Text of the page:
On June 29, 1983, appellants filed a motion for partial summary judgment. Appellants' motion sought summary judgment as to all issues, with the exception of contractual liability and compensatory contractual damages. Over a year later, on July 29, 1984, the trial court conducted a hearing on the various motions pending in the case, including appellants' motion for partial summary judgment and appellees' motion to strike appellants' answers. After the hearing, the trial court ruled that, of the numerous counts alleged in the complaint, appellees' only viable claim was in contract. Appellees were ordered "to recast the complaint sounding said complaint as a breach of contract and deleting all [other] allegations. . . ." However, the trial court also granted appellees' motion to strike appellants' answers. Appellees thus having been limited to only the assertion of a contract claim, and appellants' liability having been established by the striking of their answers, the trial court's final order was that the case would be submitted to the jury only as to the issue of damages. As ordered, appellees filed a recast complaint sounding solely in contract, and after a jury trial was held as to damages, a verdict was returned awarding appellees compensatory damages, attorney fees, and costs. Judgment was entered on the verdict, and appellants' post-judgment motions were denied. The two instant appeals, Case Numbers 70606 and 70607, were separately filed on the part of appellants and those two appeals are consolidated for disposition in this single opinion.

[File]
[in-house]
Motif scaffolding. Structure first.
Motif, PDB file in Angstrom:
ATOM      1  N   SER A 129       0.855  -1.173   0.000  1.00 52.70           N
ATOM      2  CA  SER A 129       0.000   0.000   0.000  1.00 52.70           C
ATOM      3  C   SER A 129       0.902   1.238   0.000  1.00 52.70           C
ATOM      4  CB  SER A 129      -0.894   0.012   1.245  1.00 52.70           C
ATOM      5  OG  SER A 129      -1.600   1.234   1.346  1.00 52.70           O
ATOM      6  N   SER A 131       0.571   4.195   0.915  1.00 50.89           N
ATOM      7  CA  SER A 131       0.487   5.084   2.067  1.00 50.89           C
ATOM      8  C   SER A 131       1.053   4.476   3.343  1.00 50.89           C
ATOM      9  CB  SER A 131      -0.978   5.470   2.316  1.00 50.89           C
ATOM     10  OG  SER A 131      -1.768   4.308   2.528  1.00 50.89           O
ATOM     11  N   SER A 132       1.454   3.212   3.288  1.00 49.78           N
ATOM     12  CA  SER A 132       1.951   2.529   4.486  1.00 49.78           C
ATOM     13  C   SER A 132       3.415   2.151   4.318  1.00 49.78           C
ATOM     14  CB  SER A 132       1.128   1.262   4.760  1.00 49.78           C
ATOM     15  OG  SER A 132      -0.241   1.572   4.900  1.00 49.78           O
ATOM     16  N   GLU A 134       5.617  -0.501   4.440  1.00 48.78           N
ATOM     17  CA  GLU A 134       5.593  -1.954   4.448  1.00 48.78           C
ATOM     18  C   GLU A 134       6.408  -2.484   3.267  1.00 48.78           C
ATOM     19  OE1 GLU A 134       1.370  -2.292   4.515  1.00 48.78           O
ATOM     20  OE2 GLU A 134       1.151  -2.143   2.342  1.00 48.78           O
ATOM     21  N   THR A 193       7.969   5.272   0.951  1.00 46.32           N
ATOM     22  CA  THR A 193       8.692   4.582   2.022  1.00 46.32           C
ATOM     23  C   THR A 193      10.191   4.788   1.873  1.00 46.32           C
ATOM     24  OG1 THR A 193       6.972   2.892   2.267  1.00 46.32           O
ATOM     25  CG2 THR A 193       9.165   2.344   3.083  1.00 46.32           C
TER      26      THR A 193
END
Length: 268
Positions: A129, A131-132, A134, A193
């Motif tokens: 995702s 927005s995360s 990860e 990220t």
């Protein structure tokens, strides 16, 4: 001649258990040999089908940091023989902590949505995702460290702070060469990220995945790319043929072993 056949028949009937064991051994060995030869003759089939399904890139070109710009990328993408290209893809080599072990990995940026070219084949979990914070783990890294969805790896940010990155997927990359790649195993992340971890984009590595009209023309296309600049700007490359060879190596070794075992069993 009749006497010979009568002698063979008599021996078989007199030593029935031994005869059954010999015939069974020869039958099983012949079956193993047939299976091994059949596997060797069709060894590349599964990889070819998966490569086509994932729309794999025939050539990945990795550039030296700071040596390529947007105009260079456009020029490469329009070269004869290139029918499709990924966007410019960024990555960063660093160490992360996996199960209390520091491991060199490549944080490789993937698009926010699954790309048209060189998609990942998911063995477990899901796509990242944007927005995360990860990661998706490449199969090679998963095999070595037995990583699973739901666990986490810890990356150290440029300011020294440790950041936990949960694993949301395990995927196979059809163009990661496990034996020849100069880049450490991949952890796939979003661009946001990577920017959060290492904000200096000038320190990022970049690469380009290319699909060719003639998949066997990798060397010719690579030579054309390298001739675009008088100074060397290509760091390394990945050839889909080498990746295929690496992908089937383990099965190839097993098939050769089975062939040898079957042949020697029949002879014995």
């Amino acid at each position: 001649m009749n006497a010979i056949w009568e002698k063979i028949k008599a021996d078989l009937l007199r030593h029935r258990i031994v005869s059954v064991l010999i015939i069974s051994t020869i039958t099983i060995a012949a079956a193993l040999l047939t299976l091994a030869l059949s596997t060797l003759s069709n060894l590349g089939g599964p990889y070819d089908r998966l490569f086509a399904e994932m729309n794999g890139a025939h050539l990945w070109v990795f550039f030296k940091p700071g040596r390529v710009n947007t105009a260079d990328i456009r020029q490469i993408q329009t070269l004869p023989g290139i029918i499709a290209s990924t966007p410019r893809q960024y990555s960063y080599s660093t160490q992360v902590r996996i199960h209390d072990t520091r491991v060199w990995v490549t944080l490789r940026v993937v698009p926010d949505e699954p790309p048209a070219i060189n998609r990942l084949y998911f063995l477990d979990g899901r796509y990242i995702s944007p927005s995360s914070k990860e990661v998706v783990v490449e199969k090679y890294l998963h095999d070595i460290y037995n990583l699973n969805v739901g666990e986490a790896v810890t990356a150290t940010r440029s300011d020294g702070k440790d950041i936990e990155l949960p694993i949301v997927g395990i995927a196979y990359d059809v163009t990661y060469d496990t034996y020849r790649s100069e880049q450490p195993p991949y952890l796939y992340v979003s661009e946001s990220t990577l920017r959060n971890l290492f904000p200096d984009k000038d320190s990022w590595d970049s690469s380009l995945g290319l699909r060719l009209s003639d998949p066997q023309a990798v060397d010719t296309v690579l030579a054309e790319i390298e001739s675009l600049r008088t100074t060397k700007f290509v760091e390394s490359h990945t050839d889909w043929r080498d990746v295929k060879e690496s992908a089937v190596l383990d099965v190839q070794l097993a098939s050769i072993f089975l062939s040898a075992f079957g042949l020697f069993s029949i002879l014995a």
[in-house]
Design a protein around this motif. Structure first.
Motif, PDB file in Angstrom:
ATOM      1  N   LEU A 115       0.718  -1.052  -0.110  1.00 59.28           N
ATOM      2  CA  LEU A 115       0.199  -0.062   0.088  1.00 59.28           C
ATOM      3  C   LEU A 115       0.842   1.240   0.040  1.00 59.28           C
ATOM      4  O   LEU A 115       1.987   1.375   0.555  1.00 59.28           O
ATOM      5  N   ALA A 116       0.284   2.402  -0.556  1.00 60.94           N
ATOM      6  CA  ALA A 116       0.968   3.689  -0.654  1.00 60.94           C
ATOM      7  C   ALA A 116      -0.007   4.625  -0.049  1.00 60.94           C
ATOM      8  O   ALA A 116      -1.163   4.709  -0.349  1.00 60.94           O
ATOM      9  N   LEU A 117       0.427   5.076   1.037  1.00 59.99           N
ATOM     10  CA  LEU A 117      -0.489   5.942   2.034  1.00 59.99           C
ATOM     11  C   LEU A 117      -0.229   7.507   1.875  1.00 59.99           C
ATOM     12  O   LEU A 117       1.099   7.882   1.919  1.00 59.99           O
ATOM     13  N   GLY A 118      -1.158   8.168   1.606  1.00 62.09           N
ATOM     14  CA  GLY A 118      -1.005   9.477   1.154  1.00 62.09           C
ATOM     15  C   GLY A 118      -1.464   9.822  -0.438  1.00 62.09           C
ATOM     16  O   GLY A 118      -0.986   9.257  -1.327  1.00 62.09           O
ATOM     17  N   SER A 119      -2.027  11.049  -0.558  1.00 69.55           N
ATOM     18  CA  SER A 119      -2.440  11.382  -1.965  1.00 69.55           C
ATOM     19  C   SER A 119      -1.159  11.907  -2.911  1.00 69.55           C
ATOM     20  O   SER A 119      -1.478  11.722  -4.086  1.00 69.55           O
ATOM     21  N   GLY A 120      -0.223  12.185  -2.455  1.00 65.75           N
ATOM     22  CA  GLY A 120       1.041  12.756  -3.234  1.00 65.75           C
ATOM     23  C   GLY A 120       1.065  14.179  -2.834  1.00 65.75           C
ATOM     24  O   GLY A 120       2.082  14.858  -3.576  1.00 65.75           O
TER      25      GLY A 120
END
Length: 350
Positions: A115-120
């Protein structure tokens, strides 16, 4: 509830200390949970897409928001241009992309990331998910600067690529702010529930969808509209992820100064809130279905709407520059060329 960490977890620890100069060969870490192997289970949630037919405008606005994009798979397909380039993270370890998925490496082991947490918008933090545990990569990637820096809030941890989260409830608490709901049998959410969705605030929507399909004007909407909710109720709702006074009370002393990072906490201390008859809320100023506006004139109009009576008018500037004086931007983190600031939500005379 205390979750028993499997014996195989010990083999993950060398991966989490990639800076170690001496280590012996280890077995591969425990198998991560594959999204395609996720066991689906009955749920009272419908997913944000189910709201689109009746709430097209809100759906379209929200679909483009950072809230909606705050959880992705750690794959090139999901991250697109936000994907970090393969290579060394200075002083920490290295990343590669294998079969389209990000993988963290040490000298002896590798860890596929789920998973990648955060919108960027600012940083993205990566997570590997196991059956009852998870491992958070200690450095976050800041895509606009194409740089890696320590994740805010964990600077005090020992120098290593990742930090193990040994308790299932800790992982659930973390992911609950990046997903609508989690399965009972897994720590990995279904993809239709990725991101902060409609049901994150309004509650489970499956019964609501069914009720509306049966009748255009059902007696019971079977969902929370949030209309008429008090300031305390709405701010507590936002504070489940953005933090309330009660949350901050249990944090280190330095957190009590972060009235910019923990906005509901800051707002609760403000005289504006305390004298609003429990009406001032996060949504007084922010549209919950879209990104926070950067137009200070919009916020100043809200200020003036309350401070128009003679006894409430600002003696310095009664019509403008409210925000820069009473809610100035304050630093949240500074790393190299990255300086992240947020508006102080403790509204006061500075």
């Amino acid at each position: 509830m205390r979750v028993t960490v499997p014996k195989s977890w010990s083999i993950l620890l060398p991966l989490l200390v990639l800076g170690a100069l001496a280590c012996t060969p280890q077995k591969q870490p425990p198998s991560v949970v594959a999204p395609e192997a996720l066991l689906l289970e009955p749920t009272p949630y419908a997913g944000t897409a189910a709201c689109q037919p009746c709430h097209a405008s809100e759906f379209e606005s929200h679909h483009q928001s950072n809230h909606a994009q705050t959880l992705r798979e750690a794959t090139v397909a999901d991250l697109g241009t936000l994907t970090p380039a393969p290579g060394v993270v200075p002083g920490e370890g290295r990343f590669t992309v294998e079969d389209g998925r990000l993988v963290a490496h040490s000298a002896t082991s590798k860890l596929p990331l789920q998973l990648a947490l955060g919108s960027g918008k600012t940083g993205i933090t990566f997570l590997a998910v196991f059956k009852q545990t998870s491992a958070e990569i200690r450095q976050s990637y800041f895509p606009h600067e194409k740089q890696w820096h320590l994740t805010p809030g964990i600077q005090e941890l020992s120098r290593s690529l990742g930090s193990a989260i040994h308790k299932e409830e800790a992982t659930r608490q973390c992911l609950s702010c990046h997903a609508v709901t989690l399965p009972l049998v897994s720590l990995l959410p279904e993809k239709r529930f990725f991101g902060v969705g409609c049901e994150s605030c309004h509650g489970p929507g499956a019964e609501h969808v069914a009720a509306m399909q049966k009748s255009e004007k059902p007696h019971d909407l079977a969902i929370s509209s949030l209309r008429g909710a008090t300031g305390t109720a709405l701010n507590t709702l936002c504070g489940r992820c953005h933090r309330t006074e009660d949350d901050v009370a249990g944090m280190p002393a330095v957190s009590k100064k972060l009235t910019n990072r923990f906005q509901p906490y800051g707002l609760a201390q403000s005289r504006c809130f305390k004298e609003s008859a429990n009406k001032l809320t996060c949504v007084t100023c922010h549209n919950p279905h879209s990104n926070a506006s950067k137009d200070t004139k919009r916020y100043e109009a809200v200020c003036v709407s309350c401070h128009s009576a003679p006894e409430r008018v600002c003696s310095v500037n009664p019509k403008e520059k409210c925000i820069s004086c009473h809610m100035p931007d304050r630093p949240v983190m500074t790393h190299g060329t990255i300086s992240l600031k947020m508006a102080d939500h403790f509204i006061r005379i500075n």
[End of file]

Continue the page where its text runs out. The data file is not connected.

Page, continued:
1. Appellants enumerate as error the trial court's striking of their answers, the effect of which was to render them in default as to appellees' contract claim.
When appellees filed their original motion in April of 1983, appellants had served no response whatsoever to the interrogatories. Under such circumstances, the trial court, in the exercise of its discretion, would have been authorized to grant appellees' motion to strike, even though appellants did serve responses after the motion for sanctions had been filed. See OCGA 9-11-37
(d); Danger v. Strother, 171 Ga. App. 607